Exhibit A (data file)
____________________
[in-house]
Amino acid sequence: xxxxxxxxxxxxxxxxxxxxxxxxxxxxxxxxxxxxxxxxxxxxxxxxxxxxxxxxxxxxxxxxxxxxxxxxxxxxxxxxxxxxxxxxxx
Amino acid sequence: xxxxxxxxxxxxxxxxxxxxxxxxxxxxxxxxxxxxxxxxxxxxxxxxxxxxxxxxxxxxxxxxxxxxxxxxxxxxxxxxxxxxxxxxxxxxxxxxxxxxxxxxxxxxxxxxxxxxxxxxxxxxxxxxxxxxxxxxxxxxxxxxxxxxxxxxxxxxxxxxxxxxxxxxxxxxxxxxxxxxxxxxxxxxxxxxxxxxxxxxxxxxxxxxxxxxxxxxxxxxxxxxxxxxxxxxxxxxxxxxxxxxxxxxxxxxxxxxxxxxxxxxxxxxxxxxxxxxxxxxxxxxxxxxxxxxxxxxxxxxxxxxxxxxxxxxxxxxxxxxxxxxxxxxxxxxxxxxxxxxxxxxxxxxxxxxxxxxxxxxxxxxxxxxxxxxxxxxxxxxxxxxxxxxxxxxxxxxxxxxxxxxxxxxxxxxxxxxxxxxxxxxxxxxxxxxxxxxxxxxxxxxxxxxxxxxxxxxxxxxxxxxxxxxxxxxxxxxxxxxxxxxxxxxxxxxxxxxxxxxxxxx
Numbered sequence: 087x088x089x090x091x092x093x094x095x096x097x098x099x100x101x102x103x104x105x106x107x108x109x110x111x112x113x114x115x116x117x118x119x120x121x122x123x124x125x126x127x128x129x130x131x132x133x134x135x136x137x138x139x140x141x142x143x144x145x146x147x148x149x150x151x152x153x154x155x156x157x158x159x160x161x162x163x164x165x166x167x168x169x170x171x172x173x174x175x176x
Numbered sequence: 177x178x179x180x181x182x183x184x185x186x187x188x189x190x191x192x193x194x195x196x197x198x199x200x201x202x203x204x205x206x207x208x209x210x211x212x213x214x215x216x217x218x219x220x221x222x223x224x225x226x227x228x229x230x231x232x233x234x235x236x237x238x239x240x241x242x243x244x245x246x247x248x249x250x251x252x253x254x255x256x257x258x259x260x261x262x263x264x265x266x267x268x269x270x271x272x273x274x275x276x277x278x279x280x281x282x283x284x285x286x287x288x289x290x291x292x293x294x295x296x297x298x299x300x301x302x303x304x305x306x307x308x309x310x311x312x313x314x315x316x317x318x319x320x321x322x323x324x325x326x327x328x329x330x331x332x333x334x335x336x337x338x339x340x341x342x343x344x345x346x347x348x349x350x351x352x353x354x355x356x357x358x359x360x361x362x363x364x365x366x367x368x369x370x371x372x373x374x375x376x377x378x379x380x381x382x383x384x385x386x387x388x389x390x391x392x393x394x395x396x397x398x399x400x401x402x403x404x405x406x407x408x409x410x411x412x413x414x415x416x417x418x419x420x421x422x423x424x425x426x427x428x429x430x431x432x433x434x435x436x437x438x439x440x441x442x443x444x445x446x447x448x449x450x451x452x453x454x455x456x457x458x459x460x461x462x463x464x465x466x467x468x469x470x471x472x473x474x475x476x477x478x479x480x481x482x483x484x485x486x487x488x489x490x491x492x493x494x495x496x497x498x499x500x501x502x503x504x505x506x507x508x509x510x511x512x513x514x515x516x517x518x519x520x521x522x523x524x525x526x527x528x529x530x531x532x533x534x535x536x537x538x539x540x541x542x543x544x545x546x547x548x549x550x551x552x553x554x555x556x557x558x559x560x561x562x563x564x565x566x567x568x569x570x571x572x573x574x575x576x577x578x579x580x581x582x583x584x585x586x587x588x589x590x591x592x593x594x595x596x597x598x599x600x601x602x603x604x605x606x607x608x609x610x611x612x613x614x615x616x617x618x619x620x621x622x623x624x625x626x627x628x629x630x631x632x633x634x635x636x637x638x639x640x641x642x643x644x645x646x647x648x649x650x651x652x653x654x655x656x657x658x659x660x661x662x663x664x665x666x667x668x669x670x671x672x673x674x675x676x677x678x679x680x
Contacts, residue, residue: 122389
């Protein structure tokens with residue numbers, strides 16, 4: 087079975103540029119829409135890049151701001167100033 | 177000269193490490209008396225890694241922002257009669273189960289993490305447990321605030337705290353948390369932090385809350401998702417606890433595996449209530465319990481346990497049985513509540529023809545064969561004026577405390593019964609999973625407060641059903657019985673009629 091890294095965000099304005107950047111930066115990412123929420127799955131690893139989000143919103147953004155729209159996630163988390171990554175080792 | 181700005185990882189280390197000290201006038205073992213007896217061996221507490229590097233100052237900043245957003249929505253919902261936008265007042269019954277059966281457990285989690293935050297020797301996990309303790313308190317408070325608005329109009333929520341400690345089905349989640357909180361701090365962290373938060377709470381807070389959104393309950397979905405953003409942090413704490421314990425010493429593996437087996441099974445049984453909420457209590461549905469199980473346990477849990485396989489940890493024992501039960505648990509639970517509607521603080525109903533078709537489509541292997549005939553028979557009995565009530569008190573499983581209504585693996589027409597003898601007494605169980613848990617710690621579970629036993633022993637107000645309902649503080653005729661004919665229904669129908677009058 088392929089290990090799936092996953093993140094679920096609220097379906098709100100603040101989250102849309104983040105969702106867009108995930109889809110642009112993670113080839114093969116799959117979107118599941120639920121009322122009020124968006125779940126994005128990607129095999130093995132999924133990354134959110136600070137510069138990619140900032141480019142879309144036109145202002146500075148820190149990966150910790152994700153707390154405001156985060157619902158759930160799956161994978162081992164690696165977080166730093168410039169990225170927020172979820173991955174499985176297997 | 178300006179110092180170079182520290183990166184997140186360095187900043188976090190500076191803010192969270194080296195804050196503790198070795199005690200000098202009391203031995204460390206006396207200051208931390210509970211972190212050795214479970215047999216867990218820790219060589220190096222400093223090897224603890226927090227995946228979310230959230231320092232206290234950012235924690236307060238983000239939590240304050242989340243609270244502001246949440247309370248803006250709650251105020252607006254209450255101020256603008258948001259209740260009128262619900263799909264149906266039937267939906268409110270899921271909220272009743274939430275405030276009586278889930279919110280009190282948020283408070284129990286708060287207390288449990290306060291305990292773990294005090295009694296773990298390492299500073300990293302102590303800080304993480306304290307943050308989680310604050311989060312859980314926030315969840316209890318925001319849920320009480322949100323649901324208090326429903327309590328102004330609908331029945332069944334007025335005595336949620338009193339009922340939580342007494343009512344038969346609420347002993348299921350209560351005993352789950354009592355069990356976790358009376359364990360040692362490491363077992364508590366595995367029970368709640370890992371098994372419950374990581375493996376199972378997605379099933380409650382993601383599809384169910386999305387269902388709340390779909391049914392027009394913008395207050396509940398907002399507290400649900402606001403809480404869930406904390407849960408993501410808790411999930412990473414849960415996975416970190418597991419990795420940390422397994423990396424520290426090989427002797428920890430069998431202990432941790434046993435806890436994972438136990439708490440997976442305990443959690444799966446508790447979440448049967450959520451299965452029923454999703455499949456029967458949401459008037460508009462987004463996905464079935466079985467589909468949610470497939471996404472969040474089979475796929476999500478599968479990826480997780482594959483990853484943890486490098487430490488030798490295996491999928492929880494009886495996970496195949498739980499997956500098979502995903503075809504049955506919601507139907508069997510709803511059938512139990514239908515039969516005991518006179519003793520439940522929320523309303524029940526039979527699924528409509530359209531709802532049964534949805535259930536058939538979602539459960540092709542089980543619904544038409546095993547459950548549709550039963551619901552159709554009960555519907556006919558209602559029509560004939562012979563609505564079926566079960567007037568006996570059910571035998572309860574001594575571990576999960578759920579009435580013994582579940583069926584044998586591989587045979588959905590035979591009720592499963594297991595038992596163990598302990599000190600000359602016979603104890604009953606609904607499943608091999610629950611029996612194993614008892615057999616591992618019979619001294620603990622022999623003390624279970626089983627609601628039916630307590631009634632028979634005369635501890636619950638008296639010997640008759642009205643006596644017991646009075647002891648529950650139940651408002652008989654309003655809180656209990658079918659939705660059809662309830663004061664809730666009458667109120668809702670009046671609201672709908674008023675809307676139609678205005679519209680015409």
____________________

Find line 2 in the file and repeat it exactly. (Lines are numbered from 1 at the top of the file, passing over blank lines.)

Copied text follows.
Amino acid sequence: xxxxxxxxxxxxxxxxxxxxxxxxxxxxxxxxxxxxxxxxxxxxxxxxxxxxxxxxxxxxxxxxxxxxxxxxxxxxxxxxxxxxxxxxxx